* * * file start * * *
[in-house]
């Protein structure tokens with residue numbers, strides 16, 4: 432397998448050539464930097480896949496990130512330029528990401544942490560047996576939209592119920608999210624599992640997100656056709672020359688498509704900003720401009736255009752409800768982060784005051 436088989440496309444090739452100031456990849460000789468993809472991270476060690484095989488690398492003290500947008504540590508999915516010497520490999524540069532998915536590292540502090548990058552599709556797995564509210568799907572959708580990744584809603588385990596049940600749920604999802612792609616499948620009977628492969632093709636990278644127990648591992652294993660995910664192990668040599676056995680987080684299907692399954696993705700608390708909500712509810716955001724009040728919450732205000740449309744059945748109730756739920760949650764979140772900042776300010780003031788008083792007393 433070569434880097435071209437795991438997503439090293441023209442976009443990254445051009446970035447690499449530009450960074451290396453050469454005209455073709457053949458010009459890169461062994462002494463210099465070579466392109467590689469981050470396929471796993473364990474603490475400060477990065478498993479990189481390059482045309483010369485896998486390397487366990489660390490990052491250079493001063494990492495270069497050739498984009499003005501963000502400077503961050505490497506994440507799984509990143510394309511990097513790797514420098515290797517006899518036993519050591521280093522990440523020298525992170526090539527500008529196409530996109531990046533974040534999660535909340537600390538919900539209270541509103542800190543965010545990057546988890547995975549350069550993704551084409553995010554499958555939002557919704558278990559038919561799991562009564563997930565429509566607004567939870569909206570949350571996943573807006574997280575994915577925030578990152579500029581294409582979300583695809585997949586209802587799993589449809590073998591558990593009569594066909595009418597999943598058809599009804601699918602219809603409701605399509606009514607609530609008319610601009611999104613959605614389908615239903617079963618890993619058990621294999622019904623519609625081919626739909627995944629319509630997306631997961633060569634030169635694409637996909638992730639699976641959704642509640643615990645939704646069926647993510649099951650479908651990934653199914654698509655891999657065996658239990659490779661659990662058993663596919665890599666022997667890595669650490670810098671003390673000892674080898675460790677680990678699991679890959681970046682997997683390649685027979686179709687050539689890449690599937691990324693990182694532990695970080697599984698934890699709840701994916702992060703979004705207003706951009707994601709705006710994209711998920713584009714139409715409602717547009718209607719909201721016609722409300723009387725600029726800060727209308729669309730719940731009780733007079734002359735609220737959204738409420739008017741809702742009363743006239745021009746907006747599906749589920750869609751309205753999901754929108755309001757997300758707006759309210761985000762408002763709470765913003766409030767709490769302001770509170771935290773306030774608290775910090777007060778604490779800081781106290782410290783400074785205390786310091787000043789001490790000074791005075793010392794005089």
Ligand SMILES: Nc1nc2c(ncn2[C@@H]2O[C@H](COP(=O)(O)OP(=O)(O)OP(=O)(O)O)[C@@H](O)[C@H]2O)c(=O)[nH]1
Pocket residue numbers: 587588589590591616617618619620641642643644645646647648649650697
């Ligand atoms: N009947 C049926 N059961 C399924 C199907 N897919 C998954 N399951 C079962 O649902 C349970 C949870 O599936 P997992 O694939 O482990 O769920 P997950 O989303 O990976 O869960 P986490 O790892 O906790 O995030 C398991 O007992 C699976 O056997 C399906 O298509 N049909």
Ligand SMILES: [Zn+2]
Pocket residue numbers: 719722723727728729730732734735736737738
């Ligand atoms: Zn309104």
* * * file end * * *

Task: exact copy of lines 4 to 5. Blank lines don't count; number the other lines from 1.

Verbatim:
Pocket residue numbers: 587588589590591616617618619620641642643644645646647648649650697
């Ligand atoms: N009947 C049926 N059961 C399924 C199907 N897919 C998954 N399951 C079962 O649902 C349970 C949870 O599936 P997992 O694939 O482990 O769920 P997950 O989303 O990976 O869960 P986490 O790892 O906790 O995030 C398991 O007992 C699976 O056997 C399906 O298509 N049909």